Increasing Active Student Engagement through Academically Responsive Instruction in Deaf Education Classrooms

The issue

As a group, deaf and hard-of-hearing (DHH) students are not reaching their academic potential. DHH students demonstrate significant gaps in academic achievement when compared with their typically hearing peers. Despite lower academic achievement, several research studies examining academic engagement in classrooms have found that DHH and hearing students are equally engaged, but DHH students are given fewer opportunities to respond. More time spent on task management (i.e., what to do and how to do it) and less time spent responding academically means that DHH students are less involved in their learning and tend to be passively engaged.

Passive engagement refers to students’ simply listening and/or watching a speaker (teacher or student). Active engagement, in contrast, involves productive membership in the classroom, including actively reading a book, answering questions, working with another student on an assigned task, and following teacher directions. When individuals are actively involved, they learn more effectively and are more likely to retain what they have learned. When you were learning how to drive, did you listen to someone explain how to do it or did you actively practice driving while being instructed? For DHH students to be successful learners, they need to be given opportunities to actively engage in their learning in ways that meet their individual needs.

What we know

We know that DHH students represent a highly diverse group of learners. In terms of needs, readiness skills, and learning profiles, DHH students are more different than they are alike. Several environmental and biological factors impact the learning experiences of DHH students, including age of hearing loss onset and detection, participation in early intervention services, access to language during the critical language development period (i.e., birth to 5 years old), and the compounding effects of additional disabilities. To proactively address learner variance and to increase opportunities for active engagement, we know that teachers must implement academically responsive instruction.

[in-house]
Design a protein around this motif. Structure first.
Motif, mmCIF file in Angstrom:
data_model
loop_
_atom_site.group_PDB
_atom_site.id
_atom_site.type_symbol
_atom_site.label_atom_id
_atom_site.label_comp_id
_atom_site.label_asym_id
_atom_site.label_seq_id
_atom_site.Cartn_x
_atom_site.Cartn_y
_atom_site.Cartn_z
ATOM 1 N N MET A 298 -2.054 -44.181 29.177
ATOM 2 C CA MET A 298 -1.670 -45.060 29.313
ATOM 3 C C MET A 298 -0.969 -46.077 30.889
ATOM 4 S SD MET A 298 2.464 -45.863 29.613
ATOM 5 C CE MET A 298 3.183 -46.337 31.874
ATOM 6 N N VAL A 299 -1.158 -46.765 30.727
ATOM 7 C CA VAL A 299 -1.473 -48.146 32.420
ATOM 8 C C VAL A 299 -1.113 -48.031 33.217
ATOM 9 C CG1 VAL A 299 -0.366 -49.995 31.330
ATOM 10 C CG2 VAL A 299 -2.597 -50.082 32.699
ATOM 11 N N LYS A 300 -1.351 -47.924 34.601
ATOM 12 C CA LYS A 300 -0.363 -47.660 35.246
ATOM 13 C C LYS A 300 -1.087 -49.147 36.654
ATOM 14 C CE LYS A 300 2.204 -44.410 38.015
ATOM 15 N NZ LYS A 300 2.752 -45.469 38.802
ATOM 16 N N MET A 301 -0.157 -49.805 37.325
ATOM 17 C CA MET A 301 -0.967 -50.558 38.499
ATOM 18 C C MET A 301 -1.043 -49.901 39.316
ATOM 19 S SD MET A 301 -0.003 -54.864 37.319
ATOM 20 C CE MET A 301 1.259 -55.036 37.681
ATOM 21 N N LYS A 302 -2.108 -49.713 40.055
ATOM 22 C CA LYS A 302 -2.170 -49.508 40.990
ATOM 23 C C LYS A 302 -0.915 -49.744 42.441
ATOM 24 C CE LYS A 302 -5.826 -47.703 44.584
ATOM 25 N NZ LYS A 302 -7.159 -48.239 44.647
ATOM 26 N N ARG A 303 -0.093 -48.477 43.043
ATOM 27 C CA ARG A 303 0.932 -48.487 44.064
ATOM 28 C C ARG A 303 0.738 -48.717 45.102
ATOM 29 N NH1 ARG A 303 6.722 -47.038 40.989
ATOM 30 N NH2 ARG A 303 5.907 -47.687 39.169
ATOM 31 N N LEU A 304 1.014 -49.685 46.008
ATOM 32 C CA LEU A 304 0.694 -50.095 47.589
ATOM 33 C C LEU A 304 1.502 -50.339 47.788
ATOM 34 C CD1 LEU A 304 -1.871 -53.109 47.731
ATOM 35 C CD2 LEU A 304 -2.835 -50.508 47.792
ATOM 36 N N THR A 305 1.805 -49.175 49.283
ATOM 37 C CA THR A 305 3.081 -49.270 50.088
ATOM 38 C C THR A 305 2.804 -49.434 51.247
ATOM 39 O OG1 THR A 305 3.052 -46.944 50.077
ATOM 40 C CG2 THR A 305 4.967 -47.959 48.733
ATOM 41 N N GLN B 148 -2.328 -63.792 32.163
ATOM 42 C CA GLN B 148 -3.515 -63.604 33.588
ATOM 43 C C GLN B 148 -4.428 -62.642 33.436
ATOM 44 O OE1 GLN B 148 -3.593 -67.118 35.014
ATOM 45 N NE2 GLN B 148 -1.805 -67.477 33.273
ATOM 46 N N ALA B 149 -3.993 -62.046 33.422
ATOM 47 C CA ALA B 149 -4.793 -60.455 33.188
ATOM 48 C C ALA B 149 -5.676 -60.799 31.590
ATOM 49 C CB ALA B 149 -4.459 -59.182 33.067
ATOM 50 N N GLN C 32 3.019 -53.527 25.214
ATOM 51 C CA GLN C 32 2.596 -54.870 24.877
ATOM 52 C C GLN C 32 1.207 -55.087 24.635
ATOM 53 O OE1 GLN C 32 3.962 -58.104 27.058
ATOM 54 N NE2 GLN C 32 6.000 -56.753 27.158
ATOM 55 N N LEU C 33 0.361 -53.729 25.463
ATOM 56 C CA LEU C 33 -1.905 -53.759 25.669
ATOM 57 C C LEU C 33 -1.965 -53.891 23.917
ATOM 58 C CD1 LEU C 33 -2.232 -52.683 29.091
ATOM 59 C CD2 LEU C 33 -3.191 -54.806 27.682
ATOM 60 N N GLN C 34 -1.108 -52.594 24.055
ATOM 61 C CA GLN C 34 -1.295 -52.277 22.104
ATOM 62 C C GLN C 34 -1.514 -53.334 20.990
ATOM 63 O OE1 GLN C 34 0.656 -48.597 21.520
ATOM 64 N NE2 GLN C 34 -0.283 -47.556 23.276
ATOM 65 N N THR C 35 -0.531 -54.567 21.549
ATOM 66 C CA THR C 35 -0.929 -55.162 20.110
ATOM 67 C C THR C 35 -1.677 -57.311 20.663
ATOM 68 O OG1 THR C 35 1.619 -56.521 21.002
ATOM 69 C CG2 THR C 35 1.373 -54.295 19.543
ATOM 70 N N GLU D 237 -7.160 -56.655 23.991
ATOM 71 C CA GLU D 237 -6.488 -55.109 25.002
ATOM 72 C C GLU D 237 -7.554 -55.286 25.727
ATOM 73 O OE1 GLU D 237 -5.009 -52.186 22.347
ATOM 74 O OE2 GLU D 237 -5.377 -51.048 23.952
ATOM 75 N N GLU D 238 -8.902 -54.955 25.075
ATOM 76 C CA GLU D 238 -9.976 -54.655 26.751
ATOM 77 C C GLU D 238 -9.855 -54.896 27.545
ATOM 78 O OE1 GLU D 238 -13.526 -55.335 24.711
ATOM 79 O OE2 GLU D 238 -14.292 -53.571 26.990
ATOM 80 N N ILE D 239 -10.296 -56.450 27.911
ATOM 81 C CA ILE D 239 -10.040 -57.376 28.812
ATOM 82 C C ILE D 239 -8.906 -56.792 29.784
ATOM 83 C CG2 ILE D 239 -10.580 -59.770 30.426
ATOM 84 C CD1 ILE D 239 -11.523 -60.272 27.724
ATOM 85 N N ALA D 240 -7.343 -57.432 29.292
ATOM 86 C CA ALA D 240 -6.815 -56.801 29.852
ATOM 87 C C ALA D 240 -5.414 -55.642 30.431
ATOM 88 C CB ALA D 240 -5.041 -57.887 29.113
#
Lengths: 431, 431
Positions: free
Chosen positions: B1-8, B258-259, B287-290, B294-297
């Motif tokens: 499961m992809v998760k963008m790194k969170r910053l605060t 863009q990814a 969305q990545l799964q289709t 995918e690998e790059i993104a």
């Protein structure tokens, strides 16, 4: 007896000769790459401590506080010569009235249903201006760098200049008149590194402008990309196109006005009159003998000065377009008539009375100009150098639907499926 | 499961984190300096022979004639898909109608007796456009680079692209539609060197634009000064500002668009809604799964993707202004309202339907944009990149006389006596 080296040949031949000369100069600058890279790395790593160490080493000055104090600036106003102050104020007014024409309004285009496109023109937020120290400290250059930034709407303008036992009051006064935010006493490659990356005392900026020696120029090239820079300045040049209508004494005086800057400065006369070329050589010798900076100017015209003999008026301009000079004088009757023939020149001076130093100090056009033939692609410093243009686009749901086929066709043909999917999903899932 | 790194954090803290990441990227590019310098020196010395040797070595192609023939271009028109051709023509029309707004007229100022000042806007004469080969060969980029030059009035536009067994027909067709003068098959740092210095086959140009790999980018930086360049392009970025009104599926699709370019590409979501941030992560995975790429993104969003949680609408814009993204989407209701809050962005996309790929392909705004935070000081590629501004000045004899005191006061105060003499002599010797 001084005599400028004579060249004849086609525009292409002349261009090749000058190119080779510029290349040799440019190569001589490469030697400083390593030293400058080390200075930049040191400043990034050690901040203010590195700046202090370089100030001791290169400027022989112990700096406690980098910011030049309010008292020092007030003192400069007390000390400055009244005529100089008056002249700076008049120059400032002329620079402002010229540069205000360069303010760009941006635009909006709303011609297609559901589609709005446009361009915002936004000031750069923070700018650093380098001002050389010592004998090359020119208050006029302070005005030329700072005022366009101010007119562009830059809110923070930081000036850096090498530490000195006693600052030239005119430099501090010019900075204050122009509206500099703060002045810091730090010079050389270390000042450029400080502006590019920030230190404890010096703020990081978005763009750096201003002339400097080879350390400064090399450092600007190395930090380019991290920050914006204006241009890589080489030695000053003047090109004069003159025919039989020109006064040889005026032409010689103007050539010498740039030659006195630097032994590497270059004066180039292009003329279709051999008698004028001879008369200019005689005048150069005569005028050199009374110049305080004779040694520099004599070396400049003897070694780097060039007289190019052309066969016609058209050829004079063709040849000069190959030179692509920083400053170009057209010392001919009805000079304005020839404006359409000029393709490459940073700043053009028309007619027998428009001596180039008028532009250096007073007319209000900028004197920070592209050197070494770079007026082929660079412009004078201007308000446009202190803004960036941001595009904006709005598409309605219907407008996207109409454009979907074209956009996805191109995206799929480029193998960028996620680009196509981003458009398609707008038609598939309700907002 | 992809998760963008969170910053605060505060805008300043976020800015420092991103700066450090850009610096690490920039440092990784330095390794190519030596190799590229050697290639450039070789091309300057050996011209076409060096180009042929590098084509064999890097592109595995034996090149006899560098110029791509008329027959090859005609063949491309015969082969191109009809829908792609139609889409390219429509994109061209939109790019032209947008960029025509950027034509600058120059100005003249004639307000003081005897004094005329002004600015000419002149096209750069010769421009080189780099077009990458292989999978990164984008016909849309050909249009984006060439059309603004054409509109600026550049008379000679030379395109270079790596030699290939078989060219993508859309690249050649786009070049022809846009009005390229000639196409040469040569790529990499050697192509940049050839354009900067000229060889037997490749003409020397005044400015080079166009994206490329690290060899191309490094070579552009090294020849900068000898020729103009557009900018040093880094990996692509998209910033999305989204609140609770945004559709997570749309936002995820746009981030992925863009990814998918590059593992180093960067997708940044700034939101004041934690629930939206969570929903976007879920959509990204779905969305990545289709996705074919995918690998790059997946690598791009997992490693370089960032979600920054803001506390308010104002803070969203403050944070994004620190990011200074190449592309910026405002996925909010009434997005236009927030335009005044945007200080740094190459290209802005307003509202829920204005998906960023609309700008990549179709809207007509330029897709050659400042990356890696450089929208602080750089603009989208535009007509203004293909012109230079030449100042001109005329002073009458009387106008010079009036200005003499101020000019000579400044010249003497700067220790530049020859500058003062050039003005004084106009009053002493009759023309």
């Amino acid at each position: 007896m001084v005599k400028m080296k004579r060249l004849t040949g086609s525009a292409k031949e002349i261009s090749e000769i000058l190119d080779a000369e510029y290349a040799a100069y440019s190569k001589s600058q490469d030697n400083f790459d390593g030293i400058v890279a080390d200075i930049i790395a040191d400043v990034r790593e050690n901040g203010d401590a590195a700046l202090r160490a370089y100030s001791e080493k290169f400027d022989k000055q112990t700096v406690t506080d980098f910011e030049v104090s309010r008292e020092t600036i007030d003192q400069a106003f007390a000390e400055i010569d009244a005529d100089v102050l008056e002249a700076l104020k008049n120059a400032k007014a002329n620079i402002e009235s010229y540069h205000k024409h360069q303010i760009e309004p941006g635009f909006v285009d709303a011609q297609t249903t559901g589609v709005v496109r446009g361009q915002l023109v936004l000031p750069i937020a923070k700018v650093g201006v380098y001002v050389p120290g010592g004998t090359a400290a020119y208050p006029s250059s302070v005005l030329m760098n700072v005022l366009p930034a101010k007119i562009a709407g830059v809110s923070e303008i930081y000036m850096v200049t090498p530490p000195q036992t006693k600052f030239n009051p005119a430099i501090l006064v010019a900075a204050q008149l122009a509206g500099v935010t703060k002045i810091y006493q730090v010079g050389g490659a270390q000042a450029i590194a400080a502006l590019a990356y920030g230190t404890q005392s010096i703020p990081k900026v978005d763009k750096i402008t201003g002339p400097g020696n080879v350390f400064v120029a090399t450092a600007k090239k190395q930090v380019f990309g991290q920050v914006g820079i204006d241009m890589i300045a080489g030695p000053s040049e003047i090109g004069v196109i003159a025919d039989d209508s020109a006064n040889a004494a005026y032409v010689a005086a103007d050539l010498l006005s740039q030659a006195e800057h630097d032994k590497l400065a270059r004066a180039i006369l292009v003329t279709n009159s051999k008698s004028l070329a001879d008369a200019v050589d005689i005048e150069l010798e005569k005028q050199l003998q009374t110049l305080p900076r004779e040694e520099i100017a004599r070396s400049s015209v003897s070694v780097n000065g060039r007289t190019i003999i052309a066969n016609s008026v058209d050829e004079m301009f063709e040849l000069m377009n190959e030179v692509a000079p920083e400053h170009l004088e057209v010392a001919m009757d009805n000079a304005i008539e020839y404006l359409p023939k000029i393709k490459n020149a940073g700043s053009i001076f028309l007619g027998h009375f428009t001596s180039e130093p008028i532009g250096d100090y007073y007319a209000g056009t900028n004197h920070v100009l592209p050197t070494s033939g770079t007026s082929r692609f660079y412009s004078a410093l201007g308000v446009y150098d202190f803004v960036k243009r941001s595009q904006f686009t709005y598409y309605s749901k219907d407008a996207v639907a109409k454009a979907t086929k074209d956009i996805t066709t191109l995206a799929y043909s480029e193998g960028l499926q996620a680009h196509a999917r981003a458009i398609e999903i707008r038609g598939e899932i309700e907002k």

Academically responsive instruction addresses the individual needs and learning styles of each student. A well-known model of academically responsive instruction is Differentiated Instruction (DI). Carol Ann Tomlinson, a leading educator and speaker, describes six characteristics of DI including (1) proactive planning and curriculum, (2) flexible, small instructional groups, (3) variety of materials based on ability levels, (4) pacing is based on the needs of individual students and groups, (5) knowledge-centered learning, and (6) learner centered classrooms. Flexible, small, homogenous instructional groupings are the key to increasing students’ achievement.

What we don’t know

What we don’t know is the long-term impact of individualized or differentiated instruction on DHH students’ engagement and academic achievement. Individualized student instruction is accomplished through the implementation of flexible instructional arrangements. Flexible instructional arrangements are optimal combinations of small groups, one-on-one instruction, peer work, independent study, and meaningful and purposeful whole class instruction. Teachers implement individualized instruction at a teacher table to a small homogenous group of one to three students, while the other students in the class are working at child-managed centers or working with a classroom aide. Students at the teacher table receive direct, explicit guided instruction at their instructional level (i.e., just beyond their independent level). Students working at the centers are engaging in independent practice or review work at their independent level (i.e., work that they can complete independently without getting frustrated).

Researchers examining instructional arrangements used in classrooms at residential schools for DHH students have found that whole-group and independent work were most commonly used (approximately 98% of the time). Small group and one-on-one instruction were used rarely (less than 2% of the time). When implemented all the time, whole class instruction does not allow teachers to teach to students at varying instructional levels and it does not promote active engagement in learning.

Implications

DHH students with limited or lessened access to a full and complete language often come to school with delayed academic skills. Over time, the achievement gap widens. We have students in our classrooms for less than six hours a day. There is no time to waste. There is no time for students to be passively engaged in learning. Academically responsive instruction realized through flexible instructional arrangements is an effective way to individualize instruction, increase opportunities for active engagement, and meet the unique needs of diverse DHH learners.

Posted on April 2, 2018 by
Jennifer Catalano
Disability and Psychoeducational Studies
University of Arizona
jennifercatalano {at} email.arizona.edu]

 

Further reading